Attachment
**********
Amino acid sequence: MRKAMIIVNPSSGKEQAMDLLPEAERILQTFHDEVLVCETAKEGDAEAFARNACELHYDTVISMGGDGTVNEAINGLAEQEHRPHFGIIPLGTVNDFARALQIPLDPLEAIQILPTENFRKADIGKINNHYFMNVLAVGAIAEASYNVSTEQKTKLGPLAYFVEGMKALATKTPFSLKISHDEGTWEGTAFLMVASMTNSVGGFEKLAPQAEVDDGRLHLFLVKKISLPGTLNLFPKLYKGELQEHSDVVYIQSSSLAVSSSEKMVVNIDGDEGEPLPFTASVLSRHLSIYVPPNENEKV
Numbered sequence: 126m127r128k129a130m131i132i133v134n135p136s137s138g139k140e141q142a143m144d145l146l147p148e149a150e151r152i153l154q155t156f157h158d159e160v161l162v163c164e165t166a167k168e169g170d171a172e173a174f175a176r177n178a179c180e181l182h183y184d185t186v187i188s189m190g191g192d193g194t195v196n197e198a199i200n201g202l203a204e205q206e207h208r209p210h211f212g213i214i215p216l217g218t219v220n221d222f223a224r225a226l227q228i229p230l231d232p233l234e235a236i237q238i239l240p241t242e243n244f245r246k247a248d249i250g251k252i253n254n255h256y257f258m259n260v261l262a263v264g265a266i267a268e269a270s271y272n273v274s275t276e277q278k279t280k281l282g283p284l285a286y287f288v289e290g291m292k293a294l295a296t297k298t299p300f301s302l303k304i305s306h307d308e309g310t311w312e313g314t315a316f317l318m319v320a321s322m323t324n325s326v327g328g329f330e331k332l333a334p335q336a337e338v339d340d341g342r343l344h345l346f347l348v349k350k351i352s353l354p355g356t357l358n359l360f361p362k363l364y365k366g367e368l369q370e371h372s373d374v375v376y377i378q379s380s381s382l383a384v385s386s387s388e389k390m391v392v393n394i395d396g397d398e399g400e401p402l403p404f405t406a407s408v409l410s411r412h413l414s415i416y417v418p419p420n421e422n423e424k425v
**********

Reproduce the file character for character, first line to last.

Amino acid sequence: MRKAMIIVNPSSGKEQAMDLLPEAERILQTFHDEVLVCETAKEGDAEAFARNACELHYDTVISMGGDGTVNEAINGLAEQEHRPHFGIIPLGTVNDFARALQIPLDPLEAIQILPTENFRKADIGKINNHYFMNVLAVGAIAEASYNVSTEQKTKLGPLAYFVEGMKALATKTPFSLKISHDEGTWEGTAFLMVASMTNSVGGFEKLAPQAEVDDGRLHLFLVKKISLPGTLNLFPKLYKGELQEHSDVVYIQSSSLAVSSSEKMVVNIDGDEGEPLPFTASVLSRHLSIYVPPNENEKV
Numbered sequence: 126m127r128k129a130m131i132i133v134n135p136s137s138g139k140e141q142a143m144d145l146l147p148e149a150e151r152i153l154q155t156f157h158d159e160v161l162v163c164e165t166a167k168e169g170d171a172e173a174f175a176r177n178a179c180e181l182h183y184d185t186v187i188s189m190g191g192d193g194t195v196n197e198a199i200n201g202l203a204e205q206e207h208r209p210h211f212g213i214i215p216l217g218t219v220n221d222f223a224r225a226l227q228i229p230l231d232p233l234e235a236i237q238i239l240p241t242e243n244f245r246k247a248d249i250g251k252i253n254n255h256y257f258m259n260v261l262a263v264g265a266i267a268e269a270s271y272n273v274s275t276e277q278k279t280k281l282g283p284l285a286y287f288v289e290g291m292k293a294l295a296t297k298t299p300f301s302l303k304i305s306h307d308e309g310t311w312e313g314t315a316f317l318m319v320a321s322m323t324n325s326v327g328g329f330e331k332l333a334p335q336a337e338v339d340d341g342r343l344h345l346f347l348v349k350k351i352s353l354p355g356t357l358n359l360f361p362k363l364y365k366g367e368l369q370e371h372s373d374v375v376y377i378q379s380s381s382l383a384v385s386s387s388e389k390m391v392v393n394i395d396g397d398e399g400e401p402l403p404f405t406a407s408v409l410s411r412h413l414s415i416y417v418p419p420n421e422n423e424k425v